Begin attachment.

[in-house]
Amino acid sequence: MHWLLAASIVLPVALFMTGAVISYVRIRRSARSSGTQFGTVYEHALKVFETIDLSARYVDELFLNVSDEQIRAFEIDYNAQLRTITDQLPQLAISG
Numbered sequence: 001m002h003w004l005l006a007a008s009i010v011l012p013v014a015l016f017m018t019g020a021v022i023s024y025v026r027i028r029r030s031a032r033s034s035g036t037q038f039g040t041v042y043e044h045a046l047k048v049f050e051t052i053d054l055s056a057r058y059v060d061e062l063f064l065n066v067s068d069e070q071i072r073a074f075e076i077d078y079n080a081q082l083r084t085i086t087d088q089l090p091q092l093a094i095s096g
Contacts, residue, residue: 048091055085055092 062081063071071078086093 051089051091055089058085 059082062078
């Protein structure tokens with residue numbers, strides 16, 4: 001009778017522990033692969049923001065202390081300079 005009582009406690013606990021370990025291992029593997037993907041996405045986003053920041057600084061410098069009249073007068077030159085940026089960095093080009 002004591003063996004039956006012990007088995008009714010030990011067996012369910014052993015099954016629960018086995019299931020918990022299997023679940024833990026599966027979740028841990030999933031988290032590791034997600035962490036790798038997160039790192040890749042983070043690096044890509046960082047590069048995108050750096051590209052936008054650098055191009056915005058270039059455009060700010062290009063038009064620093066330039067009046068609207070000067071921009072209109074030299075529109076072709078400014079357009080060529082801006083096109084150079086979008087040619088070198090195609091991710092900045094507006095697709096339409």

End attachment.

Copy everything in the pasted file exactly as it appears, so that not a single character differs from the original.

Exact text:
[in-house]
Amino acid sequence: MHWLLAASIVLPVALFMTGAVISYVRIRRSARSSGTQFGTVYEHALKVFETIDLSARYVDELFLNVSDEQIRAFEIDYNAQLRTITDQLPQLAISG
Numbered sequence: 001m002h003w004l005l006a007a008s009i010v011l012p013v014a015l016f017m018t019g020a021v022i023s024y025v026r027i028r029r030s031a032r033s034s035g036t037q038f039g040t041v042y043e044h045a046l047k048v049f050e051t052i053d054l055s056a057r058y059v060d061e062l063f064l065n066v067s068d069e070q071i072r073a074f075e076i077d078y079n080a081q082l083r084t085i086t087d088q089l090p091q092l093a094i095s096g
Contacts, residue, residue: 048091055085055092 062081063071071078086093 051089051091055089058085 059082062078
């Protein structure tokens with residue numbers, strides 16, 4: 001009778017522990033692969049923001065202390081300079 005009582009406690013606990021370990025291992029593997037993907041996405045986003053920041057600084061410098069009249073007068077030159085940026089960095093080009 002004591003063996004039956006012990007088995008009714010030990011067996012369910014052993015099954016629960018086995019299931020918990022299997023679940024833990026599966027979740028841990030999933031988290032590791034997600035962490036790798038997160039790192040890749042983070043690096044890509046960082047590069048995108050750096051590209052936008054650098055191009056915005058270039059455009060700010062290009063038009064620093066330039067009046068609207070000067071921009072209109074030299075529109076072709078400014079357009080060529082801006083096109084150079086979008087040619088070198090195609091991710092900045094507006095697709096339409």